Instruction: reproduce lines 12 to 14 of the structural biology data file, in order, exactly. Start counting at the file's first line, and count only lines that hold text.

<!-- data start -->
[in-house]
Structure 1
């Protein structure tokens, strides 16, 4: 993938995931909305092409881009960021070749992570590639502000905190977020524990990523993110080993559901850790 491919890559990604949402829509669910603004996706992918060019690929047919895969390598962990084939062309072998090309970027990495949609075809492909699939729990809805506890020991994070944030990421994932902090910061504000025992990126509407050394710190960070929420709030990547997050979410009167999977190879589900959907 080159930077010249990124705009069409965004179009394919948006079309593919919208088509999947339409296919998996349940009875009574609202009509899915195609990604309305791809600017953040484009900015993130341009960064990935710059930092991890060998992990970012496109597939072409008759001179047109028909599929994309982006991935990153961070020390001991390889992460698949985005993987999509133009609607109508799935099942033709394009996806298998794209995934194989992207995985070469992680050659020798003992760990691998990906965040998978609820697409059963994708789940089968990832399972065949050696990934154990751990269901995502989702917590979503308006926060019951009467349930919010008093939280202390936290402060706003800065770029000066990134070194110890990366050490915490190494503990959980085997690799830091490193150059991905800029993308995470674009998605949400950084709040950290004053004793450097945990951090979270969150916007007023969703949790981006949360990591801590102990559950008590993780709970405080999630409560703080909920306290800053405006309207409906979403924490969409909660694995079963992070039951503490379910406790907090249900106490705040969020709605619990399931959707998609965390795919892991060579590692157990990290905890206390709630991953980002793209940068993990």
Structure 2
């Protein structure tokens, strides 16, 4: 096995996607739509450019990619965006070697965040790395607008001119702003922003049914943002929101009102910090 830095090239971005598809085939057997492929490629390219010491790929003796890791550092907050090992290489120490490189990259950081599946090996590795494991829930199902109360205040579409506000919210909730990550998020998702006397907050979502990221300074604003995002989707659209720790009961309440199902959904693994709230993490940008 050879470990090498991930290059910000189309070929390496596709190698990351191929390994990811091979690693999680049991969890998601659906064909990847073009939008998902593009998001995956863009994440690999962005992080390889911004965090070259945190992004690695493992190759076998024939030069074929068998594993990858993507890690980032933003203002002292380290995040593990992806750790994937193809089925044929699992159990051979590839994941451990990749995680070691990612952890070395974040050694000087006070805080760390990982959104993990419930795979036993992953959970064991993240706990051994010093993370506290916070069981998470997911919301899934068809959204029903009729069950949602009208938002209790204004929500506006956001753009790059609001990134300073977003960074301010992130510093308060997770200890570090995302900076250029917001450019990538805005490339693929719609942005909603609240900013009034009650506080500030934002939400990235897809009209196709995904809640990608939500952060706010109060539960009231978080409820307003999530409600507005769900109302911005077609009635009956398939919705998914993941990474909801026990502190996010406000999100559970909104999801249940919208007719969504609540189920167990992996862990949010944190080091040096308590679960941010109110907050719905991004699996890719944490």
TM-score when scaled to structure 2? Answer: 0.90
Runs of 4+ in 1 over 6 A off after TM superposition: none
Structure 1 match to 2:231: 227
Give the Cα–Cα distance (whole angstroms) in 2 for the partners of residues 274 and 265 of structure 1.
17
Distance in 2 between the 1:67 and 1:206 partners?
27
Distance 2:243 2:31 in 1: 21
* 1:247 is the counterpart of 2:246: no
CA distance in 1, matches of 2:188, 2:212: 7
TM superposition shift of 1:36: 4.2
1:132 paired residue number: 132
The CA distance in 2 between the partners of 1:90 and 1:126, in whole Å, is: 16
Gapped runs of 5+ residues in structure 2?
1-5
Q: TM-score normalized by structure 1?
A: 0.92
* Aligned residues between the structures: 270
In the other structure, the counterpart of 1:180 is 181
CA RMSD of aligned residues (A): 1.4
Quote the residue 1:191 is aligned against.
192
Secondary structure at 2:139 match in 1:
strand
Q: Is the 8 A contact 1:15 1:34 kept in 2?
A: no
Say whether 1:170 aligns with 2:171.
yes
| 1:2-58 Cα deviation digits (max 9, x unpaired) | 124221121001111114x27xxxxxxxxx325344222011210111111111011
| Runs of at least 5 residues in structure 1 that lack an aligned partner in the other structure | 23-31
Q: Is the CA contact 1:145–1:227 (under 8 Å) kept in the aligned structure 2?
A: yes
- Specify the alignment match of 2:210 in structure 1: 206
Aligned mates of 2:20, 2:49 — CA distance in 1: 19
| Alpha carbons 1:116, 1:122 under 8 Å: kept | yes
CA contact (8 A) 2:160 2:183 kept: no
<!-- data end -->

27
Distance 2:243 2:31 in 1: 21
* 1:247 is the counterpart of 2:246: no